A series of new catalysts could transform the processes used to convert carbon dioxide and methane into the syngas that is a major intermediary in producing methanol and many other commodity chemicals, hope researchers in the department of chemical and process engineering at the University of Surrey, Guildford, U.K.
Figure 1. A new family of advanced materials holds promise for the catalysis of reforming reactions. Source: University of Surrey, Dept. of Chemical and Process Engineering.
The researchers’ catalysts suit two of the main routes currently used to react carbon dioxide and methane: bi-reforming of methane (BRM), which uses carbon dioxide and steam in the reaction; and the dry reforming of methane (DRM) which uses oxygen instead of steam.
Currently, nickel-based catalysts on alumina supports generally are commercially favored for both approaches. However, these catalysts are susceptible to deactivation via sintering that produces carbon deposition on their surface, which can cover active sites.
To enhance performance and reduce sintering, the U.K. team turned to cerium oxide, which studies have shown greatly improves the performance of nickel-based catalysts, and tin, which research indicates increases nickel dispersion over the support surface and, thus, reduces sintering.
The researchers created a series of advanced Ni-Sn/Al2O3 and Ni-Sn/CeO2-Al2O3 catalysts for the chemical recycling of carbon dioxide via both BMR and DMR. By varying catalyst structure and composition, the team has uncovered ways to maximize the catalytic reaction and the selectivity towards syngas in the two processes. More details appear in an article in Applied Catalysis B: Environmental.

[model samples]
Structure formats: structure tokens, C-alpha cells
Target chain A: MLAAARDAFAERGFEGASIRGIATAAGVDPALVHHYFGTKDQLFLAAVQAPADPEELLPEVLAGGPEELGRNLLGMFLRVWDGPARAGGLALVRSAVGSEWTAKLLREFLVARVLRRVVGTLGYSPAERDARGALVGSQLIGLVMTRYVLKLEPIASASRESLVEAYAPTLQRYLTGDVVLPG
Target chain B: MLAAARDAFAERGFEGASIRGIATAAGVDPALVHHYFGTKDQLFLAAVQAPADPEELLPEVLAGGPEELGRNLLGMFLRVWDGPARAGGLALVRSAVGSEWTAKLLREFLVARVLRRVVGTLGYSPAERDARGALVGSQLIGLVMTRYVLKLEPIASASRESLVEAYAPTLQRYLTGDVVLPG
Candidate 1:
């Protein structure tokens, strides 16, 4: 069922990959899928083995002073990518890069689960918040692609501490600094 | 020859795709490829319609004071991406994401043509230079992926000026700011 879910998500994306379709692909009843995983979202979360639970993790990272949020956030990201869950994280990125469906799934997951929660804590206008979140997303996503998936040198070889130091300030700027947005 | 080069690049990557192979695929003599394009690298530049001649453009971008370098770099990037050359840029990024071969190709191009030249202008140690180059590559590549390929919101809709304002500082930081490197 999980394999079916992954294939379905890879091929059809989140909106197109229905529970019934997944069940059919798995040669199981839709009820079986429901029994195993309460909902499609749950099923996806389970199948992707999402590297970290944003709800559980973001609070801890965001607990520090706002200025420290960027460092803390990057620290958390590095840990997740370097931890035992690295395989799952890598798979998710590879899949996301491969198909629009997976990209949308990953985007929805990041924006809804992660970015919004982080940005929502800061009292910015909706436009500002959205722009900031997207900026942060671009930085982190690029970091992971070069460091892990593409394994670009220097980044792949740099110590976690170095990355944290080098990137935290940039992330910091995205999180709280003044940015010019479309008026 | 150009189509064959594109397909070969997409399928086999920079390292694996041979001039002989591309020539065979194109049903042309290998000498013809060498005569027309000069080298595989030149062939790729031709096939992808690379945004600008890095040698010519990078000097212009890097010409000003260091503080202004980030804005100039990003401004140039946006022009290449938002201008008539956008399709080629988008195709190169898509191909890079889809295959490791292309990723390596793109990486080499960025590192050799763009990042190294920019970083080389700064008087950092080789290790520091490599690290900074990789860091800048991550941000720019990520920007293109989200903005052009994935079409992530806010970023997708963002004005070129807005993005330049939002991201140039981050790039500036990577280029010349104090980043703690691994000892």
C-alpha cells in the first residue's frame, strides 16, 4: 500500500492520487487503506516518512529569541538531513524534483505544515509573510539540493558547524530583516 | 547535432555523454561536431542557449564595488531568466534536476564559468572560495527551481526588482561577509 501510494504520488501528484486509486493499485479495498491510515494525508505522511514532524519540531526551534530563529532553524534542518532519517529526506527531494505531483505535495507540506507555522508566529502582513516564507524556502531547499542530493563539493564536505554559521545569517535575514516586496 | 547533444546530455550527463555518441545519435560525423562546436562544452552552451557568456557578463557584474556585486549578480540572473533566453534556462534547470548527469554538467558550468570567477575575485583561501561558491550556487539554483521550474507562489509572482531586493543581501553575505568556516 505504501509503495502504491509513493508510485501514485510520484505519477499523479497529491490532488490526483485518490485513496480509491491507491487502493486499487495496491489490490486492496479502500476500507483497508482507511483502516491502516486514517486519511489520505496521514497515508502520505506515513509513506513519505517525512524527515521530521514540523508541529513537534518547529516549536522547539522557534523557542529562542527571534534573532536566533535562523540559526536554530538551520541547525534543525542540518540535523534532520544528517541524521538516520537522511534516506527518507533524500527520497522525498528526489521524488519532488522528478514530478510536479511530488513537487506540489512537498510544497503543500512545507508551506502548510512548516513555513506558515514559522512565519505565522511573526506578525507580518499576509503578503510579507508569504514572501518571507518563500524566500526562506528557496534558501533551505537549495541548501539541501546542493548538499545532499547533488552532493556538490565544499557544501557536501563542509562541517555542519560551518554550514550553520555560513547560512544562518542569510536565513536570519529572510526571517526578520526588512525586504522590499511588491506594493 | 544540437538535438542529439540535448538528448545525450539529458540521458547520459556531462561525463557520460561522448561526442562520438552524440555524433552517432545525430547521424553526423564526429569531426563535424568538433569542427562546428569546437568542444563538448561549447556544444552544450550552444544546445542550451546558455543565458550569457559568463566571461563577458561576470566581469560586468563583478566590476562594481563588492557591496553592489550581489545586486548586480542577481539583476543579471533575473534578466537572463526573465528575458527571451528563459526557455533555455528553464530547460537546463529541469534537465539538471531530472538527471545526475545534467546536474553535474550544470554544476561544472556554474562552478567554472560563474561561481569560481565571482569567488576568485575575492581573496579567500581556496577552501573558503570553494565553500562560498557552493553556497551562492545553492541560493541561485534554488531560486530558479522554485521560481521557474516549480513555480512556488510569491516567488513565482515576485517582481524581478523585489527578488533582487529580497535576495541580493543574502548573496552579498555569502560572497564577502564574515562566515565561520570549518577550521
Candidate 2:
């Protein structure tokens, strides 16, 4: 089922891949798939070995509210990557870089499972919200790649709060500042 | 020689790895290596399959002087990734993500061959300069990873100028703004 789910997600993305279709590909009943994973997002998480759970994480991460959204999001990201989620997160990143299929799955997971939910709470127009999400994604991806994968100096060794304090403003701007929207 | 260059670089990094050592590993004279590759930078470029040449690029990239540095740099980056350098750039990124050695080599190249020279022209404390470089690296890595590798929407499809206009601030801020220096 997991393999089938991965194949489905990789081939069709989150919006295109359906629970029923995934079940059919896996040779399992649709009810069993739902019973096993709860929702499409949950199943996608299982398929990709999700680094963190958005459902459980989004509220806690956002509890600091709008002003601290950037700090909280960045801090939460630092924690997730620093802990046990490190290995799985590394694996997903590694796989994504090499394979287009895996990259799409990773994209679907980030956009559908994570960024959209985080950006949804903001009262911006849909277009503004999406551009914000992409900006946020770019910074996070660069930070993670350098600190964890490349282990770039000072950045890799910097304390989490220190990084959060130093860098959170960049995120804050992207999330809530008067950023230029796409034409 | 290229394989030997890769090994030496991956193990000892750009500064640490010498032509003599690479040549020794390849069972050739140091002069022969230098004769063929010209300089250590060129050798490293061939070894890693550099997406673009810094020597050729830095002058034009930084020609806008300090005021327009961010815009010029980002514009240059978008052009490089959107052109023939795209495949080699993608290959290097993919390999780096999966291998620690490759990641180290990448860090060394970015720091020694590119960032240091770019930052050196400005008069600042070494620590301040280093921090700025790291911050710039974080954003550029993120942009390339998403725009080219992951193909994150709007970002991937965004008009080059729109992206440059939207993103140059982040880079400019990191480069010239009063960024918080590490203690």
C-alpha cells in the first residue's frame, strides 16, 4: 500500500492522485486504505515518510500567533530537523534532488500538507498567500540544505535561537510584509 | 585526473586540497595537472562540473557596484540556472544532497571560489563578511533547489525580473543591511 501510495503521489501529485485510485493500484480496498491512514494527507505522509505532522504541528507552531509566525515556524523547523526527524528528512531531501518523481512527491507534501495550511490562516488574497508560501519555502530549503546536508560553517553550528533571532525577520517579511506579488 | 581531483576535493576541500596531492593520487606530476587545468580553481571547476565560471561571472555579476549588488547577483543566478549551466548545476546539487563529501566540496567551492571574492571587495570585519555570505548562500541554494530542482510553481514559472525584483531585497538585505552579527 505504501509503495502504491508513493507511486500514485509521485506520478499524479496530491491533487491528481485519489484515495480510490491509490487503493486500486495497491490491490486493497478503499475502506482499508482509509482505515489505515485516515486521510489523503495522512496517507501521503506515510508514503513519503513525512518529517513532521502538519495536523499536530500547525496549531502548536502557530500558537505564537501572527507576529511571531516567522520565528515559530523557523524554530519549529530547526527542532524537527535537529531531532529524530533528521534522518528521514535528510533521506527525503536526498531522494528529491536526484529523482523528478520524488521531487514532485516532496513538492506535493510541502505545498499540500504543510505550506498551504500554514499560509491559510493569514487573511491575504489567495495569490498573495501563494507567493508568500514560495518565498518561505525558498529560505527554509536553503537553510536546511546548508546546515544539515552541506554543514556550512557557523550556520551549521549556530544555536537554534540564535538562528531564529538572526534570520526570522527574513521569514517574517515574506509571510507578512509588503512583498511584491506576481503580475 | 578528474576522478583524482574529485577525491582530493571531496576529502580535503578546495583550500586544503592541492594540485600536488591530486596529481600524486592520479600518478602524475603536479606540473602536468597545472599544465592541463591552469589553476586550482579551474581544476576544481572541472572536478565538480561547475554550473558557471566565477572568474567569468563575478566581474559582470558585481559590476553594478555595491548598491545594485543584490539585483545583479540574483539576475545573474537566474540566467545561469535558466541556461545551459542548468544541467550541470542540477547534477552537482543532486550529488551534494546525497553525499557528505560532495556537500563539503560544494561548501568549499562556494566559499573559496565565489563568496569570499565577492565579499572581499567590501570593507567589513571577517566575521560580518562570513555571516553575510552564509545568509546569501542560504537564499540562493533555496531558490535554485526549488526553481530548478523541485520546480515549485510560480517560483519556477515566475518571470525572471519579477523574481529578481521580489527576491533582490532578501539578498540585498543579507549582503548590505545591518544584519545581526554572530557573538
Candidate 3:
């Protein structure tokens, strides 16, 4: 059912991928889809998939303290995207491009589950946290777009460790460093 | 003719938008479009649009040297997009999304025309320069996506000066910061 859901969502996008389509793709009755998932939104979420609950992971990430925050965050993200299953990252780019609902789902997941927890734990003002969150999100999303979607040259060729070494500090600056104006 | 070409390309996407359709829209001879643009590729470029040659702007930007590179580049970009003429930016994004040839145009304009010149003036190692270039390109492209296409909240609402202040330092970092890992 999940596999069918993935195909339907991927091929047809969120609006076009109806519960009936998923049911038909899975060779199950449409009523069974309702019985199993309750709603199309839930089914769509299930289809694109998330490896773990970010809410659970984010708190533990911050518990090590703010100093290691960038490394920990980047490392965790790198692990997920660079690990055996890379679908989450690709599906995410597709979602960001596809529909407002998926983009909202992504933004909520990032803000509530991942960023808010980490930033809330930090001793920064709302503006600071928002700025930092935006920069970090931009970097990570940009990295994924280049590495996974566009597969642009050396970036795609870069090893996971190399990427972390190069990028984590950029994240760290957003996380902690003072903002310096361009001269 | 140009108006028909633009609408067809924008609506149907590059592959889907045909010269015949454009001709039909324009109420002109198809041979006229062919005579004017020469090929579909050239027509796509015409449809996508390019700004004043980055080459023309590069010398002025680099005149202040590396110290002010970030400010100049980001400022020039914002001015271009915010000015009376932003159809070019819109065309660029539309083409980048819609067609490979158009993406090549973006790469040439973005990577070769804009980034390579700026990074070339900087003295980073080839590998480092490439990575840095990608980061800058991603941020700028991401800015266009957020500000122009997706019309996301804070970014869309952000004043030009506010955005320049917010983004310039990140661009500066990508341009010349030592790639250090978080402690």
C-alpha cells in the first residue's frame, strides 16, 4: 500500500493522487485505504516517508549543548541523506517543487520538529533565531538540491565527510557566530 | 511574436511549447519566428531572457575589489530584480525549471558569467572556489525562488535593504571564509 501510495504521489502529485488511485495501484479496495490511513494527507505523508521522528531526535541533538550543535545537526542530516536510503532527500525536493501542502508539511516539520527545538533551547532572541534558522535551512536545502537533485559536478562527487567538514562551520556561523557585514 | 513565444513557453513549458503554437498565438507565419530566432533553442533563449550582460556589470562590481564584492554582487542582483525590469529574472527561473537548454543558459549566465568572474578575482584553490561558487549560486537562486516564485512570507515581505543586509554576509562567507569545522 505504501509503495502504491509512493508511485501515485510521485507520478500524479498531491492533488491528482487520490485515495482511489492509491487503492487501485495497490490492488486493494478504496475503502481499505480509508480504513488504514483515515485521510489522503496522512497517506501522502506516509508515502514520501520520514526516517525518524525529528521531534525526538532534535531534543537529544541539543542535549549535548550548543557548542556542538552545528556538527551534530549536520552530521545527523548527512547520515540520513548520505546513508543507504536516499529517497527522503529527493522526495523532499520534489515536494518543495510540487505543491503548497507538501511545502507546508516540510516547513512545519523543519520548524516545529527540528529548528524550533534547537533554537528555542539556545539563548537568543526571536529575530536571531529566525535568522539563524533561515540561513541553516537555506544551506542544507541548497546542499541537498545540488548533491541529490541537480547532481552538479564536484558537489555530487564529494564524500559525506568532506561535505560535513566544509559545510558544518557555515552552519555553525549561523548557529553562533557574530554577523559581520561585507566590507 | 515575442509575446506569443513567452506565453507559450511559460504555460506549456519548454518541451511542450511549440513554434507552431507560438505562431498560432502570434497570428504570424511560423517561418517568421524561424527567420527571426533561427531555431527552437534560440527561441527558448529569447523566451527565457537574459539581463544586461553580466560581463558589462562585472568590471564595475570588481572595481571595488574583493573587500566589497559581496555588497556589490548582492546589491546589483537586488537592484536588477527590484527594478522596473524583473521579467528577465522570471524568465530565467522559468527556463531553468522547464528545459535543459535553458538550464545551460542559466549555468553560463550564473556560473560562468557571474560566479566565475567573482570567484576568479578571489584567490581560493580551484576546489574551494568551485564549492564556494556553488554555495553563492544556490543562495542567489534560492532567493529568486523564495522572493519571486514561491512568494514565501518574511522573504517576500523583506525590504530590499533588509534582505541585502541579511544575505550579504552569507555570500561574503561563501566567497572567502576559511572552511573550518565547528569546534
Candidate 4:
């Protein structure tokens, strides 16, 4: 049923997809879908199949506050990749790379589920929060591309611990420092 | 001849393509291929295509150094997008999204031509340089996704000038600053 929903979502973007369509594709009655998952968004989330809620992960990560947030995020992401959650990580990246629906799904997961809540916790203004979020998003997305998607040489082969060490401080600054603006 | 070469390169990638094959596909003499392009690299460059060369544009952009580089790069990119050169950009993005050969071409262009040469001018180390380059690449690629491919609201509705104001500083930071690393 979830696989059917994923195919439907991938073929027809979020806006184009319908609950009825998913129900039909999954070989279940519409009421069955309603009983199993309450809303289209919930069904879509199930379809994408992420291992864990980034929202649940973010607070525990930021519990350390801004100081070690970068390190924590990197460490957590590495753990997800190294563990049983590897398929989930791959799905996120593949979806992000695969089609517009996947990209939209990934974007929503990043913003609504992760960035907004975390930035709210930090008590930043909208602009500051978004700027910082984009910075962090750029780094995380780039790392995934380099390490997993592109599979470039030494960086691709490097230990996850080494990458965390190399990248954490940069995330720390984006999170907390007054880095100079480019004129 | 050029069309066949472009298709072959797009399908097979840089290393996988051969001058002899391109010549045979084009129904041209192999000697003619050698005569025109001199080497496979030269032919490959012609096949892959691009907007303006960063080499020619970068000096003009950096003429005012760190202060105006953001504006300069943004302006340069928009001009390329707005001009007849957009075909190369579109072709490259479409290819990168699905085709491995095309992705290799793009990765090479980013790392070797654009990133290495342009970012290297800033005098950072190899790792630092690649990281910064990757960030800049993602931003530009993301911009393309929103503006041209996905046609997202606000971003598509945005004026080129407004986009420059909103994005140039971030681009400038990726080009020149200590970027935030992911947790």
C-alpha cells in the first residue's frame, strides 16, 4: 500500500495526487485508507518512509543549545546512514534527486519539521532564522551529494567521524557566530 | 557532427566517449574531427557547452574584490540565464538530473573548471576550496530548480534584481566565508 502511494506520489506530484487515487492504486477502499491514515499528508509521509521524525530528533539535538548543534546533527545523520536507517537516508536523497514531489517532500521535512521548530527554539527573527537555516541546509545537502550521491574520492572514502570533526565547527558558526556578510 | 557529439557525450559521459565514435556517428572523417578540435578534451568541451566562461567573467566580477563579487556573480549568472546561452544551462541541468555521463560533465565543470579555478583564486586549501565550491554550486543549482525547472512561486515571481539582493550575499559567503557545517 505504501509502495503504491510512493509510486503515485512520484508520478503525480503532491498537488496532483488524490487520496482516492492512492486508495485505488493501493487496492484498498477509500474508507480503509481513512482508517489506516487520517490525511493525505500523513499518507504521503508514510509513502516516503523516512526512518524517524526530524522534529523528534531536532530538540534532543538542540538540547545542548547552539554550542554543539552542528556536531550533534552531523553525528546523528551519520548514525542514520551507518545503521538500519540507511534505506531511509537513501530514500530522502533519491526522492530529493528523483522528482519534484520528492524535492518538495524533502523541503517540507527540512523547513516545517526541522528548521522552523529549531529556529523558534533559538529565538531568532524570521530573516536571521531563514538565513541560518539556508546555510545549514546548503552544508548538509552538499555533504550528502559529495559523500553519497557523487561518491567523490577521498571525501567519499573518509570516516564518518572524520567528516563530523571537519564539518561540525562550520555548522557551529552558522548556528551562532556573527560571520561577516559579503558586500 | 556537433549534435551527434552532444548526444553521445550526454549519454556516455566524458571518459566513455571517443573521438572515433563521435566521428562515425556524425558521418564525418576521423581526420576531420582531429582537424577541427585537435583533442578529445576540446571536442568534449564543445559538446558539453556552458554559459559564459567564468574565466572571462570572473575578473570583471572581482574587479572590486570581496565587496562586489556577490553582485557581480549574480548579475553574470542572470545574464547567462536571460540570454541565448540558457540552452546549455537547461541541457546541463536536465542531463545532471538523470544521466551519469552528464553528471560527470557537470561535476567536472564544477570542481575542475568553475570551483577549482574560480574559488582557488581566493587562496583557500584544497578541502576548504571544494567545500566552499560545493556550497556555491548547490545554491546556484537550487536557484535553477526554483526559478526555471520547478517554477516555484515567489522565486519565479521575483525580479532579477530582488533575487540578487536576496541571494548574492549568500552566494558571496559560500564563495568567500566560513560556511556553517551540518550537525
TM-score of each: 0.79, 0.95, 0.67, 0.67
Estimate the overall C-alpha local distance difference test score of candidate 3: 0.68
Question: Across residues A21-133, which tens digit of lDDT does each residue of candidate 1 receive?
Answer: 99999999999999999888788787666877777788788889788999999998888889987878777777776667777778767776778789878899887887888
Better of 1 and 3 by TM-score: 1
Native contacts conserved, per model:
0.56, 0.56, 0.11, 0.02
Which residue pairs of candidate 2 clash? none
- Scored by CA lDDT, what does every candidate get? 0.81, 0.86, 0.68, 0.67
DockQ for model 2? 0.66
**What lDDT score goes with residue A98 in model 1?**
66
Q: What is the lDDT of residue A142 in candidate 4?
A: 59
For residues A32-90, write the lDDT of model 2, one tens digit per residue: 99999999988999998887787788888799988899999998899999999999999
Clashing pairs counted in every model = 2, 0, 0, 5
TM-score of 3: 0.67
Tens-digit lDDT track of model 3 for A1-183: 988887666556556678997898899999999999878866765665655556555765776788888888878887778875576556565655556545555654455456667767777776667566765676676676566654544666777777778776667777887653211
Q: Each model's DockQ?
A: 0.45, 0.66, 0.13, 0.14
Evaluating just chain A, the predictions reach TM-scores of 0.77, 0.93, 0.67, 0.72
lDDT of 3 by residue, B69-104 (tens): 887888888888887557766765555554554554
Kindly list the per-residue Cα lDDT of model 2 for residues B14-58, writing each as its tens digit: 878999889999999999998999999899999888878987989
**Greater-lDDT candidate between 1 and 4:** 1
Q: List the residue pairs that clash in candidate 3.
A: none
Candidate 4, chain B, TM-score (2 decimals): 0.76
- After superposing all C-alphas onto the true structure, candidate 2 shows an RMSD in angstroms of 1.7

“We are patenting a broad range of catalysts. It is in fact, a new family of advanced materials with different active-phase loadings and chemical structures,” notes Harvey Arellano-Garcia, head of research in the department.
“The remaining challenges are mainly scalability and testing in larger pilot plant scale. The great challenge we have already overcome is long-term stability of the catalysts; they are extremely robust and so ideal for long-term operations,” says Tomas Ramirez Reina, leader of the department’s catalysis unit. “The next step is the scaling up from lab study to pilot plant scale and we are aiming to expand our fundamental research towards a direct application in the chemical industry,” he adds.
Three undisclosed companies from the energy and catalyst sectors are already showing great interest in the department’s work, says Reina.